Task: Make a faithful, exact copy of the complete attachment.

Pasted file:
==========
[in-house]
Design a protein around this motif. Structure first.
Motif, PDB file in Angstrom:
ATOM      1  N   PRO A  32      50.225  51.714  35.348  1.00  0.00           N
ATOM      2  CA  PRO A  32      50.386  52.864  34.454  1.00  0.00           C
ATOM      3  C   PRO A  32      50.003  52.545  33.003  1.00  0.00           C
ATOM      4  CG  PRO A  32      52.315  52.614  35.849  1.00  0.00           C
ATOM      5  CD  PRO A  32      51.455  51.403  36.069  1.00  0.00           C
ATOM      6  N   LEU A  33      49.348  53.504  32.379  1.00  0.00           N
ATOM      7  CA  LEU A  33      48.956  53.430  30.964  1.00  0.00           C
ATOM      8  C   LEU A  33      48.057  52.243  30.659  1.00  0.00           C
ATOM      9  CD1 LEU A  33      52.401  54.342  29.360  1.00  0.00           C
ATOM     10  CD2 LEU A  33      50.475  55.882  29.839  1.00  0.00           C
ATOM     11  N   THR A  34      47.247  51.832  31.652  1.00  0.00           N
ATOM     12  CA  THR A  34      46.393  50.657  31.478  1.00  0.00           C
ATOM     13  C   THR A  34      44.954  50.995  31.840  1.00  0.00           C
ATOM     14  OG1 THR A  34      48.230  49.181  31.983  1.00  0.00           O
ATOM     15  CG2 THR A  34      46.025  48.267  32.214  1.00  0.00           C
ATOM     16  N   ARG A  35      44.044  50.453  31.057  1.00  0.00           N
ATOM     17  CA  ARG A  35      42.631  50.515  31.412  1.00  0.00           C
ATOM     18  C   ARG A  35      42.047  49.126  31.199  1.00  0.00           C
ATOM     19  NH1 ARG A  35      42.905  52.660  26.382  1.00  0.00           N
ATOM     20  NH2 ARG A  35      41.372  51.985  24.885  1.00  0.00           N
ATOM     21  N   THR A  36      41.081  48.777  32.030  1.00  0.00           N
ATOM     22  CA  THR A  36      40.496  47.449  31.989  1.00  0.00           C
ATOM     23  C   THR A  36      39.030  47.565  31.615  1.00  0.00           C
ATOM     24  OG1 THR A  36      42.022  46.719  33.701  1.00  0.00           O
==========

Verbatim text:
[in-house]
Design a protein around this motif. Structure first.
Motif, PDB file in Angstrom:
ATOM      1  N   PRO A  32      50.225  51.714  35.348  1.00  0.00           N
ATOM      2  CA  PRO A  32      50.386  52.864  34.454  1.00  0.00           C
ATOM      3  C   PRO A  32      50.003  52.545  33.003  1.00  0.00           C
ATOM      4  CG  PRO A  32      52.315  52.614  35.849  1.00  0.00           C
ATOM      5  CD  PRO A  32      51.455  51.403  36.069  1.00  0.00           C
ATOM      6  N   LEU A  33      49.348  53.504  32.379  1.00  0.00           N
ATOM      7  CA  LEU A  33      48.956  53.430  30.964  1.00  0.00           C
ATOM      8  C   LEU A  33      48.057  52.243  30.659  1.00  0.00           C
ATOM      9  CD1 LEU A  33      52.401  54.342  29.360  1.00  0.00           C
ATOM     10  CD2 LEU A  33      50.475  55.882  29.839  1.00  0.00           C
ATOM     11  N   THR A  34      47.247  51.832  31.652  1.00  0.00           N
ATOM     12  CA  THR A  34      46.393  50.657  31.478  1.00  0.00           C
ATOM     13  C   THR A  34      44.954  50.995  31.840  1.00  0.00           C
ATOM     14  OG1 THR A  34      48.230  49.181  31.983  1.00  0.00           O
ATOM     15  CG2 THR A  34      46.025  48.267  32.214  1.00  0.00           C
ATOM     16  N   ARG A  35      44.044  50.453  31.057  1.00  0.00           N
ATOM     17  CA  ARG A  35      42.631  50.515  31.412  1.00  0.00           C
ATOM     18  C   ARG A  35      42.047  49.126  31.199  1.00  0.00           C
ATOM     19  NH1 ARG A  35      42.905  52.660  26.382  1.00  0.00           N
ATOM     20  NH2 ARG A  35      41.372  51.985  24.885  1.00  0.00           N
ATOM     21  N   THR A  36      41.081  48.777  32.030  1.00  0.00           N
ATOM     22  CA  THR A  36      40.496  47.449  31.989  1.00  0.00           C
ATOM     23  C   THR A  36      39.030  47.565  31.615  1.00  0.00           C
ATOM     24  OG1 THR A  36      42.022  46.719  33.701  1.00  0.00           O